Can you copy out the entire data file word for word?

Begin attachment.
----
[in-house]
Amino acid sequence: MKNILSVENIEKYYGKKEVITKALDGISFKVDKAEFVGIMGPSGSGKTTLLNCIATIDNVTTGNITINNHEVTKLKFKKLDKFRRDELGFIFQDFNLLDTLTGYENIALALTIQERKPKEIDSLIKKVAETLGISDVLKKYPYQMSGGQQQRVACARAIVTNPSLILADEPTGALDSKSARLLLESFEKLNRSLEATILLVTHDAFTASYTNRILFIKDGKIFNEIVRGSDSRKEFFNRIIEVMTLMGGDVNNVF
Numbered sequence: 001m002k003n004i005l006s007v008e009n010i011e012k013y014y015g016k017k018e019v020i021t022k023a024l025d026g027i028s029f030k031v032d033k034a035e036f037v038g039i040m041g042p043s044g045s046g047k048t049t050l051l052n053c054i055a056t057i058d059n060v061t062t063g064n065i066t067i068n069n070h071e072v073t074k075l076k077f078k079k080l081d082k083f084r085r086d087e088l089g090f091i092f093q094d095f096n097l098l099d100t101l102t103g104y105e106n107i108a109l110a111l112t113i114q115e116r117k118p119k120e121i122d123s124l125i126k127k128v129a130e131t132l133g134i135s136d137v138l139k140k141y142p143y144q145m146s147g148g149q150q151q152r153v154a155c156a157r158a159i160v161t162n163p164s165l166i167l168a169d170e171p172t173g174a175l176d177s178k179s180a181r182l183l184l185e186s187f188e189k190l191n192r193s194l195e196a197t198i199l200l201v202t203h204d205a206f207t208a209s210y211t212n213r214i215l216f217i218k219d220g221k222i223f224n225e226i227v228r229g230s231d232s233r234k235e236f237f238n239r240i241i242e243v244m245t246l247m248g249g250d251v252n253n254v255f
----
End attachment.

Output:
[in-house]
Amino acid sequence: MKNILSVENIEKYYGKKEVITKALDGISFKVDKAEFVGIMGPSGSGKTTLLNCIATIDNVTTGNITINNHEVTKLKFKKLDKFRRDELGFIFQDFNLLDTLTGYENIALALTIQERKPKEIDSLIKKVAETLGISDVLKKYPYQMSGGQQQRVACARAIVTNPSLILADEPTGALDSKSARLLLESFEKLNRSLEATILLVTHDAFTASYTNRILFIKDGKIFNEIVRGSDSRKEFFNRIIEVMTLMGGDVNNVF
Numbered sequence: 001m002k003n004i005l006s007v008e009n010i011e012k013y014y015g016k017k018e019v020i021t022k023a024l025d026g027i028s029f030k031v032d033k034a035e036f037v038g039i040m041g042p043s044g045s046g047k048t049t050l051l052n053c054i055a056t057i058d059n060v061t062t063g064n065i066t067i068n069n070h071e072v073t074k075l076k077f078k079k080l081d082k083f084r085r086d087e088l089g090f091i092f093q094d095f096n097l098l099d100t101l102t103g104y105e106n107i108a109l110a111l112t113i114q115e116r117k118p119k120e121i122d123s124l125i126k127k128v129a130e131t132l133g134i135s136d137v138l139k140k141y142p143y144q145m146s147g148g149q150q151q152r153v154a155c156a157r158a159i160v161t162n163p164s165l166i167l168a169d170e171p172t173g174a175l176d177s178k179s180a181r182l183l184l185e186s187f188e189k190l191n192r193s194l195e196a197t198i199l200l201v202t203h204d205a206f207t208a209s210y211t212n213r214i215l216f217i218k219d220g221k222i223f224n225e226i227v228r229g230s231d232s233r234k235e236f237f238n239r240i241i242e243v244m245t246l247m248g249g250d251v252n253n254v255f